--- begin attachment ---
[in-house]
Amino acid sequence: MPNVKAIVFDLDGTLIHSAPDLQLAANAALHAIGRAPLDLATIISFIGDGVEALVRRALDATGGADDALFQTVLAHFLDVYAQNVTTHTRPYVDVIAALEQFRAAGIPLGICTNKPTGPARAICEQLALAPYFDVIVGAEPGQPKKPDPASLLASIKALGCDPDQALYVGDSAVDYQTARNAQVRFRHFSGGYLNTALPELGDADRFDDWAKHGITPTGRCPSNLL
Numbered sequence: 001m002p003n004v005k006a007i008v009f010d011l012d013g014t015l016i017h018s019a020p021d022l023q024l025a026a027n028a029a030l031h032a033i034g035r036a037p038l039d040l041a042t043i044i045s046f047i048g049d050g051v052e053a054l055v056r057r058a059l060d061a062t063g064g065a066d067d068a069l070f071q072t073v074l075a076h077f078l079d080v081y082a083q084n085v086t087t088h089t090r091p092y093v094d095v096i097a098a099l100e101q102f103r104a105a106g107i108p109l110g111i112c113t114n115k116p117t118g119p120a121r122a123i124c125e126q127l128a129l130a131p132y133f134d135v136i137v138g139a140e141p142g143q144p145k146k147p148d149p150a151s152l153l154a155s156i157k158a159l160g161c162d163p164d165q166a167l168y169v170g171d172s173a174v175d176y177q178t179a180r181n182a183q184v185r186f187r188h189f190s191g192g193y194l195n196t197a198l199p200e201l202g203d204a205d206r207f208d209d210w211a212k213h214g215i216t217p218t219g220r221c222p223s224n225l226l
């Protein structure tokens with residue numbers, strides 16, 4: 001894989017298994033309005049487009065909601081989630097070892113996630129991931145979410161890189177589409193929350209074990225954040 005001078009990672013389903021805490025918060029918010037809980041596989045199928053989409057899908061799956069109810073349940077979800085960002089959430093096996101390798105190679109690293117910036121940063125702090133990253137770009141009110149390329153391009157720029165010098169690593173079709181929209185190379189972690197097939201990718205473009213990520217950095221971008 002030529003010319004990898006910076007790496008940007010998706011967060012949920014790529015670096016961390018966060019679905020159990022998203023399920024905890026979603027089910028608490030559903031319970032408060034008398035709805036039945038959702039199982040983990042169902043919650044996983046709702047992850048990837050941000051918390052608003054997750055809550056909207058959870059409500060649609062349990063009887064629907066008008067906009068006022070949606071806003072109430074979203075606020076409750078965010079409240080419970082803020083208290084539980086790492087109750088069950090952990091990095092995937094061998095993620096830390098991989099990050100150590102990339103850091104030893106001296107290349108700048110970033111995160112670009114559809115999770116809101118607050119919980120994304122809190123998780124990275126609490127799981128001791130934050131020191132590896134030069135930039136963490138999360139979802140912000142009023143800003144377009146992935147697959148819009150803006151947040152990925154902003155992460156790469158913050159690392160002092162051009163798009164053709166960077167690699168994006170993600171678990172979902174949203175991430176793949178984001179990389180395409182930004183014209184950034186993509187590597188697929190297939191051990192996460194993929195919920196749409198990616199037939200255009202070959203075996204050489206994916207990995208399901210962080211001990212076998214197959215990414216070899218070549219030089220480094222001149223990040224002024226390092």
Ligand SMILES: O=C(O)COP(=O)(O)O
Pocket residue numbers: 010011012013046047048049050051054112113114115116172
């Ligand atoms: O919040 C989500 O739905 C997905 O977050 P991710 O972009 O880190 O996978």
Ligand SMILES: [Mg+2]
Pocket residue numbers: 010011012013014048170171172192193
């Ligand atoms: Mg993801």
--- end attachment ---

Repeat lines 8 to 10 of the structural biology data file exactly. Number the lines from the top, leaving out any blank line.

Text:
Ligand SMILES: [Mg+2]
Pocket residue numbers: 010011012013014048170171172192193
């Ligand atoms: Mg993801």